Set up this system within your own business IT system, so your employees are required to use a verification code each time they wish to log into their account. Most email servers also have an option to “trust this device,” meaning that a specific computer’s IP address will only require the authentication the first time around. Once it’s been trusted, your employees can continue to log in normally.
5. Enable Email Security Filters
Nearly every email server includes privacy filters in its settings that can block potential scams or malware. The system reads through and inspects content from suspicious accounts, judging whether it’s unsafe to open. It will immediately flag the content as spam or harmful content for you. Set up this filter for your email servers for an additional defense to your cybersecurity. You can prematurely block attachments from senders who have malicious intent.
6. Never Use Public Wifi Networks
It’s very convenient for public places to offer free Wi-Fi. You and your employees might be tempted to access your work accounts when logged into the network, but know that these networks are easy targets for hackers to steal your data. If you must use public Wi-Fi when at a coffee shop, airport, or hotel, make sure you have two-factor authentication set up and that you use a VPN. A Virtual Protection Network can hide your computer and information from potential threats, even serving as cybersecurity when at work.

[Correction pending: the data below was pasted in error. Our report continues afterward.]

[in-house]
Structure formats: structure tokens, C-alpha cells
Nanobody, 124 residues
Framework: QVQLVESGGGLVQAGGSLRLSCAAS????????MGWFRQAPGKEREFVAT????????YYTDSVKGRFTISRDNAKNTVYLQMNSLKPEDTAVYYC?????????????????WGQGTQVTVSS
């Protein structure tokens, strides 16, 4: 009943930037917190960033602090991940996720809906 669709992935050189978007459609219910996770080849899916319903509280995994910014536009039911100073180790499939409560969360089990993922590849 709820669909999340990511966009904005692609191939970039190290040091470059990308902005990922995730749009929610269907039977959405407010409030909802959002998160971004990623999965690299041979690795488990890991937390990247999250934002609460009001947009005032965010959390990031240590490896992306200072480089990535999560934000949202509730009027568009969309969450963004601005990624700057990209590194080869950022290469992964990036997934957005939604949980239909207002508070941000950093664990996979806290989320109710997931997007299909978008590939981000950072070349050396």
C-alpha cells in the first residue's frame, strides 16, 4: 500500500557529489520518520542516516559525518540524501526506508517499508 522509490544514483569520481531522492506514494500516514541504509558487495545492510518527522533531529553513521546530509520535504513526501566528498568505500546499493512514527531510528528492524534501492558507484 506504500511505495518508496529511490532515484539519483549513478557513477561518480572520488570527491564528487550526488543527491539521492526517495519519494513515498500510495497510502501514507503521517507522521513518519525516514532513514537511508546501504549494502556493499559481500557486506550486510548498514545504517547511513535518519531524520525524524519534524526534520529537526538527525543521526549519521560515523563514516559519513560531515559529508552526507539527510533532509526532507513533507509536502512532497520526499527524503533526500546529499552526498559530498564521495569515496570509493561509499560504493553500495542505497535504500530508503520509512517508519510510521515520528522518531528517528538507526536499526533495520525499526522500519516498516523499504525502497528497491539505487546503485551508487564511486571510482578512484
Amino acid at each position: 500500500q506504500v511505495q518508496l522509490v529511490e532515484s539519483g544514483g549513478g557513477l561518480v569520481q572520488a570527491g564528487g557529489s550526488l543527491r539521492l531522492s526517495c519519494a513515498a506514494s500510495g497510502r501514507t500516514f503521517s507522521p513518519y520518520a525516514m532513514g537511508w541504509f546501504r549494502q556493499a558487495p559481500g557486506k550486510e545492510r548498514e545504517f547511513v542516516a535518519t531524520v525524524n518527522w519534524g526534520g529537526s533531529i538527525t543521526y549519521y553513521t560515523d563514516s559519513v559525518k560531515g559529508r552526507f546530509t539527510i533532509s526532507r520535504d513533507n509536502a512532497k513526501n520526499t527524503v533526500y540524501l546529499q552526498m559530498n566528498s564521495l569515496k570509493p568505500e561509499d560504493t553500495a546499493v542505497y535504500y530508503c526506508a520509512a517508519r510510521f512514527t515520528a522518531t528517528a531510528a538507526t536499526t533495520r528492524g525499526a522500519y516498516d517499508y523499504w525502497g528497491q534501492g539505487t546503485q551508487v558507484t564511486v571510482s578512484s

Nearly everyone struggles with the constant barrage of phishing attacks or scam emails encouraging you to click their link. Teach your employees to recognise when something is fake and avoid opening malicious content to prevent hackers from stealing your business information or infecting your IT systems. Your employees’ instincts are your last line of defence for your email and data protection. Train them to practice email security and utilize these top tips to ensure your data stays secure.
If you require Email Security advice or want to look at IT Managed Services, we would be more than happy to have a no-obligation chat about how we can help